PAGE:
Eviction laws differ according to state and sometimes even by county. In Missouri, the eviction process is covered by Chapter 535 of the Missouri Revised Statutes. And general landlord/tenant relation laws are located in Chapter 441 of the Missouri Revised Statutes. Missouri landlords would be well advised to be abreast of these laws because the circumstances of an eviction can be altered by a diversity of factors.
Reason for Eviction
The most common reason for eviction is non-payment of rent. Many landlords offer their tenants with rent payment options, including online rent collection. Additional reasons could include anything to a tenant harming the property in some way or violating the terms of the lease by allowing more individuals to move in than is allowed by the lease, repetitively engaging in activities that disturb other tenants or the neighbors, or even engaging in illegal activities like drug use and/or sales. Best practice to prevent violations is to prepare a state-specific lease agreement for Missouri. Regardless of the reason behind an eviction, they eviction process proceeds in a relatively predictable matter.
A landlord cannot simply walk onto a property and demand that a tenant vacates the premises. Instead, they must serve an eviction notice stating why the eviction is occurring and the time the tenant must resolve the problem. This notice can be delivered in person or even attached to the rental unit. A much smarter way to serve notice, however, is to deliver it by registered mail with a signature required from the recipient. Missouri eviction notices typically require a notice of thirty days from the time when the next rent is due.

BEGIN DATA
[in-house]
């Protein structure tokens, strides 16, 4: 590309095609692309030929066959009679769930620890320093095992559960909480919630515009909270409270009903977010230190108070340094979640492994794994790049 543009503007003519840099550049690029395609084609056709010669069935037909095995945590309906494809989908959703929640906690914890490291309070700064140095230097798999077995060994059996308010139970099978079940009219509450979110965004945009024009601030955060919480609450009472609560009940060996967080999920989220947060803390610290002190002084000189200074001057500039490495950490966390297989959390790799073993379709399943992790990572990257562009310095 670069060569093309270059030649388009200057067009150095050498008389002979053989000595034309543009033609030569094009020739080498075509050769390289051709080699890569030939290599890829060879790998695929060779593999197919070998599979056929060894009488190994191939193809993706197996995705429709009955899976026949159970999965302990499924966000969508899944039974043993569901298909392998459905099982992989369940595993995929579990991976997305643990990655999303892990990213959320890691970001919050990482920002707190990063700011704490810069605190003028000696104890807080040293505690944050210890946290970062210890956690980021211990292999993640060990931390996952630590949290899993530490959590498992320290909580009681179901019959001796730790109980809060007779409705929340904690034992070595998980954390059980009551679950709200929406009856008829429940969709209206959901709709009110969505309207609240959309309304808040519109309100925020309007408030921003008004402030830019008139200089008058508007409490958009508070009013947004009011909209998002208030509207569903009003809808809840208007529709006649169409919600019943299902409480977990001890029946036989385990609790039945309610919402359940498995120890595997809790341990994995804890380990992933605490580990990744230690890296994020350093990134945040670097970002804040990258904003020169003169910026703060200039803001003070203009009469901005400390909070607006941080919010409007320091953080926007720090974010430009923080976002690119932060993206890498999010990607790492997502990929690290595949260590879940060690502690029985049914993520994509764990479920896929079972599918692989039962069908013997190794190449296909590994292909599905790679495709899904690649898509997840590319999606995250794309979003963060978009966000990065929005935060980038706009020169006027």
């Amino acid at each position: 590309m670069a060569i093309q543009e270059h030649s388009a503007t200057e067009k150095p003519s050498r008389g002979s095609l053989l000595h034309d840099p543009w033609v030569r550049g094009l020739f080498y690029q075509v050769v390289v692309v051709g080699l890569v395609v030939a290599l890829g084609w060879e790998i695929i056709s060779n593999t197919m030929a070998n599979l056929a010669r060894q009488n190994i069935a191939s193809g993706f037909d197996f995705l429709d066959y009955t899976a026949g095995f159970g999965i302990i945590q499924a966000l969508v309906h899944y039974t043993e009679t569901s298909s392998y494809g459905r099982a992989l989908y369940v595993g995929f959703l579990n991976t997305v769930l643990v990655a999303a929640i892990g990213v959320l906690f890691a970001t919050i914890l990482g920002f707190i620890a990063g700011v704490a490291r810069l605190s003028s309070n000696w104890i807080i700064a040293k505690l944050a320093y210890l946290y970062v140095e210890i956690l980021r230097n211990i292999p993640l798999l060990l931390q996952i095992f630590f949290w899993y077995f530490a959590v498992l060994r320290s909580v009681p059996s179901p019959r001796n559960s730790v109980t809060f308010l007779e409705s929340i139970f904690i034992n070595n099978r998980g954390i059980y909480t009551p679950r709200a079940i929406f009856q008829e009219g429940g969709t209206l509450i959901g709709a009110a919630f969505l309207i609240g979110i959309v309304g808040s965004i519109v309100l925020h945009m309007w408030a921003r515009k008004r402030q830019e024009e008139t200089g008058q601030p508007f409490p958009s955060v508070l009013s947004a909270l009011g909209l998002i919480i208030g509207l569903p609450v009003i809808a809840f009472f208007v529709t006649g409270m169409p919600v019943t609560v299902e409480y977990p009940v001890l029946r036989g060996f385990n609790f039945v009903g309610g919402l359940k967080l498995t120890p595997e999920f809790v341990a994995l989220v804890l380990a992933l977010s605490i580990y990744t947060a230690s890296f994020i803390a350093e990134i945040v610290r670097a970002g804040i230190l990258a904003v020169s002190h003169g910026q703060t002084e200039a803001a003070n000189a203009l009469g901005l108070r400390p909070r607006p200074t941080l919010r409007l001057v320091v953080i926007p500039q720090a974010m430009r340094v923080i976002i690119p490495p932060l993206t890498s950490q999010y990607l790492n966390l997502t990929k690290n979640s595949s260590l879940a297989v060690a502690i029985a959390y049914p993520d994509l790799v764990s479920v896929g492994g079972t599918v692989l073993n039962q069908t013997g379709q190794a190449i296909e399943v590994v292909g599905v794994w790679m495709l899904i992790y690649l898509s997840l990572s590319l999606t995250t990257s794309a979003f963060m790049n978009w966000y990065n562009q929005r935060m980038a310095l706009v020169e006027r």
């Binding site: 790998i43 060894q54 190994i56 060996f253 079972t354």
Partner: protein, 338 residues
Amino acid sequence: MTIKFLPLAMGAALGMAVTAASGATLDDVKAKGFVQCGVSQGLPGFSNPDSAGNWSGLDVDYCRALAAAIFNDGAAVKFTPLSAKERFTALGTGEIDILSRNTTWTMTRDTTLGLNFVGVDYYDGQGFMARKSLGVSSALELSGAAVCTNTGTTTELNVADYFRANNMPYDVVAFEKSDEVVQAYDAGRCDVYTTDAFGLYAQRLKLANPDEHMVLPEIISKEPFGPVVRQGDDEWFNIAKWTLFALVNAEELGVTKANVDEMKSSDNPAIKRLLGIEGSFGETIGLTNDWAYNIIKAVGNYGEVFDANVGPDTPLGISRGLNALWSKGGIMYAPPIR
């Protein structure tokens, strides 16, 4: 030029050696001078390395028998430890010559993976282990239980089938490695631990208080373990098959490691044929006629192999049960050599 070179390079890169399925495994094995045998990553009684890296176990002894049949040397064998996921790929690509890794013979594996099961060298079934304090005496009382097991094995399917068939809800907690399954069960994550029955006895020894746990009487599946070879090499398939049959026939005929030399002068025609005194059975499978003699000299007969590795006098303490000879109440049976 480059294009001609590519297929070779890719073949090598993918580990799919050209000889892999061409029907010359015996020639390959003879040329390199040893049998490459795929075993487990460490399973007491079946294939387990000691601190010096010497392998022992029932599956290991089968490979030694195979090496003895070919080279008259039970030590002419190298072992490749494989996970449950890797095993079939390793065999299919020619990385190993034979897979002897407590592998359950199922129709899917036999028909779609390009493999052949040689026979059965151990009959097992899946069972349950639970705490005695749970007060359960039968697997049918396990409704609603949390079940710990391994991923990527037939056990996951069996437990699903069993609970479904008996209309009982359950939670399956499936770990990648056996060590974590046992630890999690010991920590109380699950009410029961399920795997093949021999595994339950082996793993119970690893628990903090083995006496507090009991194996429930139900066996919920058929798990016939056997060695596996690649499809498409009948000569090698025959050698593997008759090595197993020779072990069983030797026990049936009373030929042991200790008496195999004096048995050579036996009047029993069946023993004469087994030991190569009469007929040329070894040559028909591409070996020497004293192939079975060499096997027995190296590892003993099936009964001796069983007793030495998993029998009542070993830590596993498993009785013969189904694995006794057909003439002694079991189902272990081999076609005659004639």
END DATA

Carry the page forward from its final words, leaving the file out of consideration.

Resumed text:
Rent and Possession Suit
In short, after a notice has been served and the tenant has still failed to vacate the property, paperwork must be filed with the court system. This will necessitate the landlord paying a filing fee and possibly even retaining an attorney. The Court then prepares a Summons and serves the negligent tenant. The Summons specifies the date, time, and place where a hearing will be held. As is any court case, there are always two sides to every argument. If the tenant fails to show up for the hearing, however, the landlord automatically wins the case. If the tenant fights the eviction claiming the landlord has violated the terms of the lease in some way, the judge will weigh that evidence against that prepared by the landlord and, in the end, decide in one or the other’s favor. If the judge decides on eviction he may also award back rent and damages to the landlord. Even then, however, the landlord must wait for the tenant to move on his own or be escorted from the property by law enforcement.
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